Situated less than three hours from both Boston and New York, the Berkshires have a lot working in their favor. Nature. Culture. Art. Farm-to-table food. Space to breathe, literally and figuratively. It's no surprise that well-to-do city-dwellers are buying second homes here — and it's also not surprising that they have help putting these homes together, with a just-right mix of rustic and modern.
That's what Jess Cooney, owner of Jess Cooney Interiors, specializes in — well-appointed second homes in the Berkshires. Designing for a second home is a slightly different challenge than someone's day-to-day spaces. Cooney has lived and worked in the area for more than 15 years, and that helps her really understand the need for durable, modern amenities that work for all four seasons, as well as palettes that bring the outside in. She's also expert in the economy of BerkShares, a Berkshires-only currency that encourages people to spend money with local businesses.
That means a lot of the homes she designs, including this one in the more rural township of Alford, have wonderful, local touches. The family — a husband in tech, a wife in finance, and two teenage boys, all from New York — purchased the home somewhat unfinished, with a lot of hastily done trim, drywall, and cabinetry. And unlike many Berkshire second-home owners, they use the house more in the winter — as a ski home. Catamount and Butternut, two local hills, are just 10 minutes away.
To that end, certain things were key for Cooney — and her client. An unfinished entryway was transformed into a high-functioning mudroom, with radiant heating beneath the porcelain stone tiles to keep cold toes warm and melt snow right off, and an ample wall of storage for everything from gloves to dog leashes.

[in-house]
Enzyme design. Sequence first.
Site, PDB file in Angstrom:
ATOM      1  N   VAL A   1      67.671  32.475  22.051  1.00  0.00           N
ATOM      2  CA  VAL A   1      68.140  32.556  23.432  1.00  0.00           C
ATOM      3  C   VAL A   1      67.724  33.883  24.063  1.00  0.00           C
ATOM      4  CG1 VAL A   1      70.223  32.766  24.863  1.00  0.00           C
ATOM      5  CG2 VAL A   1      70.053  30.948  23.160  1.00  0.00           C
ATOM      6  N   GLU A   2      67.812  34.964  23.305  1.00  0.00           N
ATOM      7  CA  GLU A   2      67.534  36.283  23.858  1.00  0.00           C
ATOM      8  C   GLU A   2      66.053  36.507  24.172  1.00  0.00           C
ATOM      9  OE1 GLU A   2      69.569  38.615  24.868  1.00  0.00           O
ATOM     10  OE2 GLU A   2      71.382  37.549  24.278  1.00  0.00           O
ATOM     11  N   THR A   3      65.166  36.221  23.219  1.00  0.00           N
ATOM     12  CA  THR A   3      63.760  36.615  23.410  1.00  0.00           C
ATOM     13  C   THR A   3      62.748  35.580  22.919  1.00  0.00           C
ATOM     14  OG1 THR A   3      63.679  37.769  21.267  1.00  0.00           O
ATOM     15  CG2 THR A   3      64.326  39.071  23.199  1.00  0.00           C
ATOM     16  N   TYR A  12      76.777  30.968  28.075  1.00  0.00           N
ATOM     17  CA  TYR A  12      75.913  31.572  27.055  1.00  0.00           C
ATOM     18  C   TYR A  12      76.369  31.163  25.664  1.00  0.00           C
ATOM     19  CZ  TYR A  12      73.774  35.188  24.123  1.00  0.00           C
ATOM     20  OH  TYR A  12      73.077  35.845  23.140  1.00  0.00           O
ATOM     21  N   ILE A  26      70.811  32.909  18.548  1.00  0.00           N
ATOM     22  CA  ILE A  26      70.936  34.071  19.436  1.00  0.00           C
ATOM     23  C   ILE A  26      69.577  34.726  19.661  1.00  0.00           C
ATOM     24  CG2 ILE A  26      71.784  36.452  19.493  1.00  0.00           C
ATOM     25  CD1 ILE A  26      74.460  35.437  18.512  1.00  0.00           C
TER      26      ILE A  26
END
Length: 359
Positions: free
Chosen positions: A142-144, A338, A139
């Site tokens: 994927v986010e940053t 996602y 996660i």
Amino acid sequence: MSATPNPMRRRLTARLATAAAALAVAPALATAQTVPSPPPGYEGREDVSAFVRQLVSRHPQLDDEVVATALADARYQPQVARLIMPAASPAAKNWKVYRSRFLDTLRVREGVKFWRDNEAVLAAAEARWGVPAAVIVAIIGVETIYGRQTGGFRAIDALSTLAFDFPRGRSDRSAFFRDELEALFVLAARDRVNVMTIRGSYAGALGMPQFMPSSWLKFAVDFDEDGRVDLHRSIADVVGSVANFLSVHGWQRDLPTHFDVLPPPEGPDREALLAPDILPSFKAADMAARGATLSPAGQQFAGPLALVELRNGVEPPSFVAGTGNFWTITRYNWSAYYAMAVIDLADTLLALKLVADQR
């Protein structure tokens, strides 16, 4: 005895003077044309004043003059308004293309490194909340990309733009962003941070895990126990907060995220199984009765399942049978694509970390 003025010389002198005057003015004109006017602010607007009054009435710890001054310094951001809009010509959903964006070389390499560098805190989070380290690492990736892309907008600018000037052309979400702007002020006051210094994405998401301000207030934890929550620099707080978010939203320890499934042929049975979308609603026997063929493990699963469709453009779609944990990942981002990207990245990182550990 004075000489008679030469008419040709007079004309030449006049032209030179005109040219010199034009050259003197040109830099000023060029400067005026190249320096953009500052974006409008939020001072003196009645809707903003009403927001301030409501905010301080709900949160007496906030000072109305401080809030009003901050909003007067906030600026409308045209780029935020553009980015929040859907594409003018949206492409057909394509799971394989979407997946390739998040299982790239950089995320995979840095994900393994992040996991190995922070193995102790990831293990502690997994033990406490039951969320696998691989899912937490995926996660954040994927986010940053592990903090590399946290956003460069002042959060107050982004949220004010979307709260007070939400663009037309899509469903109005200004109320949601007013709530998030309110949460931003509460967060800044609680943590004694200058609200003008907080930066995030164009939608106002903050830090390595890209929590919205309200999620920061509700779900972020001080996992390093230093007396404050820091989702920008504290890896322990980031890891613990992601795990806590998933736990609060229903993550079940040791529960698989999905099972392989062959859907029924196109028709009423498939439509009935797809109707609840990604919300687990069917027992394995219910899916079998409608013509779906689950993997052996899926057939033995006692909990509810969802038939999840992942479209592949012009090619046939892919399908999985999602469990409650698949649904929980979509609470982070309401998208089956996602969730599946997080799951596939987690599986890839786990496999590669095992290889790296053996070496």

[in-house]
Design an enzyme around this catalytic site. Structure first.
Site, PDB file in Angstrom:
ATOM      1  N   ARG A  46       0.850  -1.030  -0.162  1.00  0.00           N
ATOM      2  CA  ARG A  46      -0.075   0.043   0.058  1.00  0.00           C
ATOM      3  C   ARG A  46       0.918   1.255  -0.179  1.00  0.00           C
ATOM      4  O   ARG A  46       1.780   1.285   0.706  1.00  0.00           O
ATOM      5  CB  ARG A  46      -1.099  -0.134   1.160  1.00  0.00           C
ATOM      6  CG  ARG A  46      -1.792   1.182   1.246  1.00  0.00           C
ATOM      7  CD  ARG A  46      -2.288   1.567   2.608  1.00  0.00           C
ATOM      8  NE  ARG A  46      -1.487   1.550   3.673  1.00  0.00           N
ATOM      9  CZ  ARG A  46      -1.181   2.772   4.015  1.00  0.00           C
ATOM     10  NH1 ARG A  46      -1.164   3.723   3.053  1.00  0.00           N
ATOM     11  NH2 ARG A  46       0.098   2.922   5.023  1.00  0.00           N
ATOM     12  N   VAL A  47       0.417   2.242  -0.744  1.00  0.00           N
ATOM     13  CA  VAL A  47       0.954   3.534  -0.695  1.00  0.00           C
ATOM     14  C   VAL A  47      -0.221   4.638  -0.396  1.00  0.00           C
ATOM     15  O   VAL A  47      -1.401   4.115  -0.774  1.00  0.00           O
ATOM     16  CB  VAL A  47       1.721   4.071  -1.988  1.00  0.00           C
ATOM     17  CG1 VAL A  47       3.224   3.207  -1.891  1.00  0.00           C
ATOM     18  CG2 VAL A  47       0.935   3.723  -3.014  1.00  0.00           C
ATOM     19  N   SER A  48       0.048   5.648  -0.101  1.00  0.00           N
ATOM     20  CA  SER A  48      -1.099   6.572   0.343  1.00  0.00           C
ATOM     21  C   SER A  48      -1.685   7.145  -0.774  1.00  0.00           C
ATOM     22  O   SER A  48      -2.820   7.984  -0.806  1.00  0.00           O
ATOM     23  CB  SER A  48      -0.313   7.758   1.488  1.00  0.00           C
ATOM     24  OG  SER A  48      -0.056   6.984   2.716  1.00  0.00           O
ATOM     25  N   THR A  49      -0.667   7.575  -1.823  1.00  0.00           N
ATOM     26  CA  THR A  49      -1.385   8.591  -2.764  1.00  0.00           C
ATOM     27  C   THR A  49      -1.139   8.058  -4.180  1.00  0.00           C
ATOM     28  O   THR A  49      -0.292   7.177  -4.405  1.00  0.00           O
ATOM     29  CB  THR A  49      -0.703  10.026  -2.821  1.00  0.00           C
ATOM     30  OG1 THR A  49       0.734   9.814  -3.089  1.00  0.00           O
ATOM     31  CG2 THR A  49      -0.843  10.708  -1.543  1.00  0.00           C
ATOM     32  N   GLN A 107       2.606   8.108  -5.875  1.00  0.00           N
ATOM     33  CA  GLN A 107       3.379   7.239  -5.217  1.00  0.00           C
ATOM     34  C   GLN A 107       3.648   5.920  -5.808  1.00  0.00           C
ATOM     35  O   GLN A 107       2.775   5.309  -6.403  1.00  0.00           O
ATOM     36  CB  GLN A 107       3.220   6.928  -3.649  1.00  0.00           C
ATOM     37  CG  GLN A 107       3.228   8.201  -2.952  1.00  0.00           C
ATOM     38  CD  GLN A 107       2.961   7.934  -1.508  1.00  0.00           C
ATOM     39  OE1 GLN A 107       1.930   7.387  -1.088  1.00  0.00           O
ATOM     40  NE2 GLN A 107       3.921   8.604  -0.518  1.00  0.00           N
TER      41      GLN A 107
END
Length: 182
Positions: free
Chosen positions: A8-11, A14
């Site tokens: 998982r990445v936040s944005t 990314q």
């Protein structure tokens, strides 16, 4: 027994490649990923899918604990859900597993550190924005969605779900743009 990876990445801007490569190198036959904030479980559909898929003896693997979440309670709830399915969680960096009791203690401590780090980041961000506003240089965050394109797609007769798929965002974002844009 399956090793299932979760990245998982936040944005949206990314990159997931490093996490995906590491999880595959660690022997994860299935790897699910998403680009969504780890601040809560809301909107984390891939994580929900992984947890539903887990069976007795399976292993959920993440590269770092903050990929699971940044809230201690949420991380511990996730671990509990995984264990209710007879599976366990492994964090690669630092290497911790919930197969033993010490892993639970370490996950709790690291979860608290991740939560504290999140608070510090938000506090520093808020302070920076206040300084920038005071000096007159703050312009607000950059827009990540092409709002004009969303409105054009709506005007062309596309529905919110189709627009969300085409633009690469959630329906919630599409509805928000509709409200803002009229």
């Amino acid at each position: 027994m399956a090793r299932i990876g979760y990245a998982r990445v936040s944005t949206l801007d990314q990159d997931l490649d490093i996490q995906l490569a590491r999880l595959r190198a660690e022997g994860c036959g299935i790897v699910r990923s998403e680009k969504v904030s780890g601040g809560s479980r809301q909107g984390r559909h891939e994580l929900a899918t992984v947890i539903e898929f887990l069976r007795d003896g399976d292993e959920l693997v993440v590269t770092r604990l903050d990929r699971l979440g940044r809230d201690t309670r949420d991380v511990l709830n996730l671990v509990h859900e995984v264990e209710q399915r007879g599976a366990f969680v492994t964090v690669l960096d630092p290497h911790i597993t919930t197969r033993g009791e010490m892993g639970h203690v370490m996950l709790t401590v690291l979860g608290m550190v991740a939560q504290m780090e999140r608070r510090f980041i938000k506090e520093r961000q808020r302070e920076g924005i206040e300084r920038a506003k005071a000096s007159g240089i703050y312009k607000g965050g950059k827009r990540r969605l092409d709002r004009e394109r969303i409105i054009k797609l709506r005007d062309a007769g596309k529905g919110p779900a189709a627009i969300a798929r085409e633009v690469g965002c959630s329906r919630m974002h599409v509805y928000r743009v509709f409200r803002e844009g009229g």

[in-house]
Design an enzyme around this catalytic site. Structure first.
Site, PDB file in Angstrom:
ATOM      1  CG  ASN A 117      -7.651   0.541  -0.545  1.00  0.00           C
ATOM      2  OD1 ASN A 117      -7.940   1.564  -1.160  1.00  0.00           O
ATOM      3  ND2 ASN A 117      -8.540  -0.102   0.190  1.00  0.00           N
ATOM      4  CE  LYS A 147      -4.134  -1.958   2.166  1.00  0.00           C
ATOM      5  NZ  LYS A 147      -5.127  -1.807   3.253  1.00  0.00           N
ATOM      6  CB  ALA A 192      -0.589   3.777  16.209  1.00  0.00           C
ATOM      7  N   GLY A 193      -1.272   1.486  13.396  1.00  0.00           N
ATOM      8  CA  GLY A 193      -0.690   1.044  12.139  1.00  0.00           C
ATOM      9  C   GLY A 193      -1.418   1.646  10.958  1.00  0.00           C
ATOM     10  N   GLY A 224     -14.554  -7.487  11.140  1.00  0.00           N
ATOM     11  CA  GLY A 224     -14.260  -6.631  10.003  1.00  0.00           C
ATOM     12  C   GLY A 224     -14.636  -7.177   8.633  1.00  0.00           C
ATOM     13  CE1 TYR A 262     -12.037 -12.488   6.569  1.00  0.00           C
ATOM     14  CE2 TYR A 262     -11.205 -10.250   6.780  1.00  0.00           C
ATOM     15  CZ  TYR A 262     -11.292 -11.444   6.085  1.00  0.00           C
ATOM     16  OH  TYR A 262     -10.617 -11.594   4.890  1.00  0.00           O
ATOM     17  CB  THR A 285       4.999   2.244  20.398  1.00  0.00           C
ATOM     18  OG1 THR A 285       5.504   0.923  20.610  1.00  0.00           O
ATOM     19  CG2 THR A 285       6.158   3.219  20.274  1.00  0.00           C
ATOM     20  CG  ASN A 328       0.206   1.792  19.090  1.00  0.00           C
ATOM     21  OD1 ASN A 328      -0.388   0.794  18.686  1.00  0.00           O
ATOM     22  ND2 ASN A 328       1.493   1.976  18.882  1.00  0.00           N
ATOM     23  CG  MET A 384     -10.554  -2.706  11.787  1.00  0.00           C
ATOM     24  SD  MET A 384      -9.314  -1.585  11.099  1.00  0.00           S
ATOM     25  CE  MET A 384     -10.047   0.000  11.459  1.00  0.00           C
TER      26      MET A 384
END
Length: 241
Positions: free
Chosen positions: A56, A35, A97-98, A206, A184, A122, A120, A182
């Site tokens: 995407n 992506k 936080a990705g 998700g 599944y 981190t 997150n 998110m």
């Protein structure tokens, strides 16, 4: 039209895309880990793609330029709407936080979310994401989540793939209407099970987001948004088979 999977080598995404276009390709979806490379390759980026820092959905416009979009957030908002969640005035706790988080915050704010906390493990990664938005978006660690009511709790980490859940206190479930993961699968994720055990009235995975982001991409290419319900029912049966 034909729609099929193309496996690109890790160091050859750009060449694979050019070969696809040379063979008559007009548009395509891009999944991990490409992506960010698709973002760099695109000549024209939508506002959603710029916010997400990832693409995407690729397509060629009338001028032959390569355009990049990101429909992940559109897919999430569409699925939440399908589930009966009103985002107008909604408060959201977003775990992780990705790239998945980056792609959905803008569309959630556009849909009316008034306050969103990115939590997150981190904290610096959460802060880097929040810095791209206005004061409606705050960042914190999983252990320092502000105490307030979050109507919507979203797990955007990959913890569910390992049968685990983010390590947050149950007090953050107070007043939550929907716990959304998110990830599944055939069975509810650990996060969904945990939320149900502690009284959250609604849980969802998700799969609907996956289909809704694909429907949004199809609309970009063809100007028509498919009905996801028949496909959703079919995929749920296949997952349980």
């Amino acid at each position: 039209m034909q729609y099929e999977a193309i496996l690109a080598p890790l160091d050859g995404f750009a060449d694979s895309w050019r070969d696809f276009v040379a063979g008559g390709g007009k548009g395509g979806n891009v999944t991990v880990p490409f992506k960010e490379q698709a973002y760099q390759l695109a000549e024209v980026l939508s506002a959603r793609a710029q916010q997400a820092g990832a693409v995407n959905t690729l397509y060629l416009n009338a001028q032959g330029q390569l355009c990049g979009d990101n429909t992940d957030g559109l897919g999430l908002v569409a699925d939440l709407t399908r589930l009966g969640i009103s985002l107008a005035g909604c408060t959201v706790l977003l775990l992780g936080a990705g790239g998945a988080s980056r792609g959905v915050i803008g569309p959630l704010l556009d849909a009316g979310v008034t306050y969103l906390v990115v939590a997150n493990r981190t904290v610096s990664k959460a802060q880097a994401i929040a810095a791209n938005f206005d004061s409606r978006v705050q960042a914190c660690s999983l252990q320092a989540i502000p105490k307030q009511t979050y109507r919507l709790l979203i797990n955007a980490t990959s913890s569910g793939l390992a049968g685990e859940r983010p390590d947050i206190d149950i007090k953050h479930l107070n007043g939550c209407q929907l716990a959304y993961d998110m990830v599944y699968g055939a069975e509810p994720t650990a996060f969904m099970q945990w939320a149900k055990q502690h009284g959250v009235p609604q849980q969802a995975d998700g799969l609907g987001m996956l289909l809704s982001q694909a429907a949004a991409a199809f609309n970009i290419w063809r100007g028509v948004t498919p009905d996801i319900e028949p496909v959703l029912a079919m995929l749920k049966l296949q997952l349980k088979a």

"I honed in on the mudroom right away," says Cooney. "For me — I'm a mother of three and my kids play sports — after doing so many second homes, I know that even though it's a vacation home, if it doesn't function well you can't relax in it. And it's often the mom who can't relax when there's not an obvious place to throw a coat down."
Her client wholeheartedly agreed.
"Everyone was dumping their stuff on the kitchen counter when they came in," says her client. "My husband thought I was crazy to have [the mudroom as a] priority but it is the first thing that you see — and I like to have a place for things and to encourage people to put things away and contain dirt. I can now close the door, too, so the house can remain zen-like."
The calm, organized, zen-like feeling is one of the major highlights of the finished home, says the client — as well as the fireplace, which had been drywalled and was almost an afterthought in the initial design. Cooney helped bring it center stage with Pietra Cardosa tile and, again, plenty of storage.
"We now can really put all of the space to work and the storage is nice looking and a feature throughout the house," says Cooney's client.
Everything is pulled together with a very Berkshires palette of deep blues, warm wood, and cool grays — which complement both the green trees out the window in the summer and the white snow each winter — and a mix of clean lines, modern feel, rustic, and industrial elements that Cooney finds is her signature style.
"A lot of times what we're trying to do is blend the contemporary aesthetics of people coming from New York and the rustic Berkshires," she says. But in the end, the woman's point of view always wins out. Says Cooney, "I do what I want done for me."
Upstairs, in the master — a long, narrow, tricky space with vaulted ceilings — Cooney used a navy grasscloth to both soften the space and also complement the view of nature. "It brought the outside straight in," she says. The color complements nature seen right outside the window, whatever the season.
An upstairs office has a lighter gray-blue grasscloth, as well as the dark, custom wood cabinetry that can be seen throughout the home.
Downstairs in the kitchen, Cooney lightened up the existing dark wood cabinets.
Cooney removed an exterior door, and put in a bench, to help control the flow of people from the outside.
The 15-foot live-edge dining table was custom made from a slab Cooney found at Berkshire Products, a local business.
The fireplace is now the centerpiece of the entire downstairs living area. "You see it from every part of the house," says Cooney.
"It's always my focus — the mom, and making her happy," says Cooney. "She loves the laundry room." Cooney went big in the laundry, with David Hicks wallpaper, gold fixtures, a farm sink, and a walnut top for the laundry machines, which you don't see very often. "The walnut holds up fine, as long as you're not leaving something soaking on top of it," says Cooney. "And it ties into the walnut we used throughout."